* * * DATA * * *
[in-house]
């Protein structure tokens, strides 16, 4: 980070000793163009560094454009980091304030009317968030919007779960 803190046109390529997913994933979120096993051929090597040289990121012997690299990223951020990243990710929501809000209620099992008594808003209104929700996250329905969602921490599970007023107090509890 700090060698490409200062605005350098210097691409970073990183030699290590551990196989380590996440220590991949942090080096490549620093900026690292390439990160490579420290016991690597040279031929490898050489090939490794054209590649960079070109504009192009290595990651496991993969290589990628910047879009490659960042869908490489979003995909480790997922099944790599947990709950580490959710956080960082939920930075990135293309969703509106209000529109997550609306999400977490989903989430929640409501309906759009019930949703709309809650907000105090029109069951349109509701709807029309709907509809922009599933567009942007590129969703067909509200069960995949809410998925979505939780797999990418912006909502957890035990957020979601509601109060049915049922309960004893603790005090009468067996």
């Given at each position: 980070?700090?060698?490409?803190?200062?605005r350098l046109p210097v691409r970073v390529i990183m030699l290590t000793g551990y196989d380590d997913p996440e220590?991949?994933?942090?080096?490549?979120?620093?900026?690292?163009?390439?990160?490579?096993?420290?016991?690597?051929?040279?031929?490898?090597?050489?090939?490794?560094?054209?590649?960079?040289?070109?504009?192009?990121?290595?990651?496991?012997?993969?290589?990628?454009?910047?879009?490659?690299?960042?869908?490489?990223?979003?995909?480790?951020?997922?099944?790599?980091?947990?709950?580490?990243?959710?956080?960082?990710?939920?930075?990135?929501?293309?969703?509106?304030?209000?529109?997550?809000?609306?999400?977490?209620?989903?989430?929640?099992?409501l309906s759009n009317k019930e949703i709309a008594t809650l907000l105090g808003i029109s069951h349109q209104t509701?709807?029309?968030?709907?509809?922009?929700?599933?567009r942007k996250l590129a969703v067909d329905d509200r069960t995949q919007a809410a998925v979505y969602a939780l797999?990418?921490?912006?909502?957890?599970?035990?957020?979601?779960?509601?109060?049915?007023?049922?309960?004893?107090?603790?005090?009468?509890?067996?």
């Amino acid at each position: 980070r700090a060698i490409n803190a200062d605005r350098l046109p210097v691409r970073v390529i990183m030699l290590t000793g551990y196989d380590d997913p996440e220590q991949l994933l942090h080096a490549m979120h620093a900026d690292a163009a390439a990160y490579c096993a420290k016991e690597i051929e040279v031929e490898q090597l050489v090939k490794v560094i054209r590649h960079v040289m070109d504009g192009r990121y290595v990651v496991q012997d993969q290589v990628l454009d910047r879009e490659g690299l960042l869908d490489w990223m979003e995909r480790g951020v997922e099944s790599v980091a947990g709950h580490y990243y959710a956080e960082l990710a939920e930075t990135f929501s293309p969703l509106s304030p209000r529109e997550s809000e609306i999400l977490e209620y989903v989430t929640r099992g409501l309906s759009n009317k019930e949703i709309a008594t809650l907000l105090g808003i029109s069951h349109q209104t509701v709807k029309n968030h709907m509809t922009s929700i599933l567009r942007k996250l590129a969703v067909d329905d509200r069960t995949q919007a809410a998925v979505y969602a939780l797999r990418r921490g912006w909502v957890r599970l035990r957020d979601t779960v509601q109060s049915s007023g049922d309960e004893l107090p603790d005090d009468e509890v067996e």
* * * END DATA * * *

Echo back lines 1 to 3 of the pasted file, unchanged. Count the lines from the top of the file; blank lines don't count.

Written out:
[in-house]
């Protein structure tokens, strides 16, 4: 980070000793163009560094454009980091304030009317968030919007779960 803190046109390529997913994933979120096993051929090597040289990121012997690299990223951020990243990710929501809000209620099992008594808003209104929700996250329905969602921490599970007023107090509890 700090060698490409200062605005350098210097691409970073990183030699290590551990196989380590996440220590991949942090080096490549620093900026690292390439990160490579420290016991690597040279031929490898050489090939490794054209590649960079070109504009192009290595990651496991993969290589990628910047879009490659960042869908490489979003995909480790997922099944790599947990709950580490959710956080960082939920930075990135293309969703509106209000529109997550609306999400977490989903989430929640409501309906759009019930949703709309809650907000105090029109069951349109509701709807029309709907509809922009599933567009942007590129969703067909509200069960995949809410998925979505939780797999990418912006909502957890035990957020979601509601109060049915049922309960004893603790005090009468067996």
């Given at each position: 980070?700090?060698?490409?803190?200062?605005r350098l046109p210097v691409r970073v390529i990183m030699l290590t000793g551990y196989d380590d997913p996440e220590?991949?994933?942090?080096?490549?979120?620093?900026?690292?163009?390439?990160?490579?096993?420290?016991?690597?051929?040279?031929?490898?090597?050489?090939?490794?560094?054209?590649?960079?040289?070109?504009?192009?990121?290595?990651?496991?012997?993969?290589?990628?454009?910047?879009?490659?690299?960042?869908?490489?990223?979003?995909?480790?951020?997922?099944?790599?980091?947990?709950?580490?990243?959710?956080?960082?990710?939920?930075?990135?929501?293309?969703?509106?304030?209000?529109?997550?809000?609306?999400?977490?209620?989903?989430?929640?099992?409501l309906s759009n009317k019930e949703i709309a008594t809650l907000l105090g808003i029109s069951h349109q209104t509701?709807?029309?968030?709907?509809?922009?929700?599933?567009r942007k996250l590129a969703v067909d329905d509200r069960t995949q919007a809410a998925v979505y969602a939780l797999?990418?921490?912006?909502?957890?599970?035990?957020?979601?779960?509601?109060?049915?007023?049922?309960?004893?107090?603790?005090?009468?509890?067996?």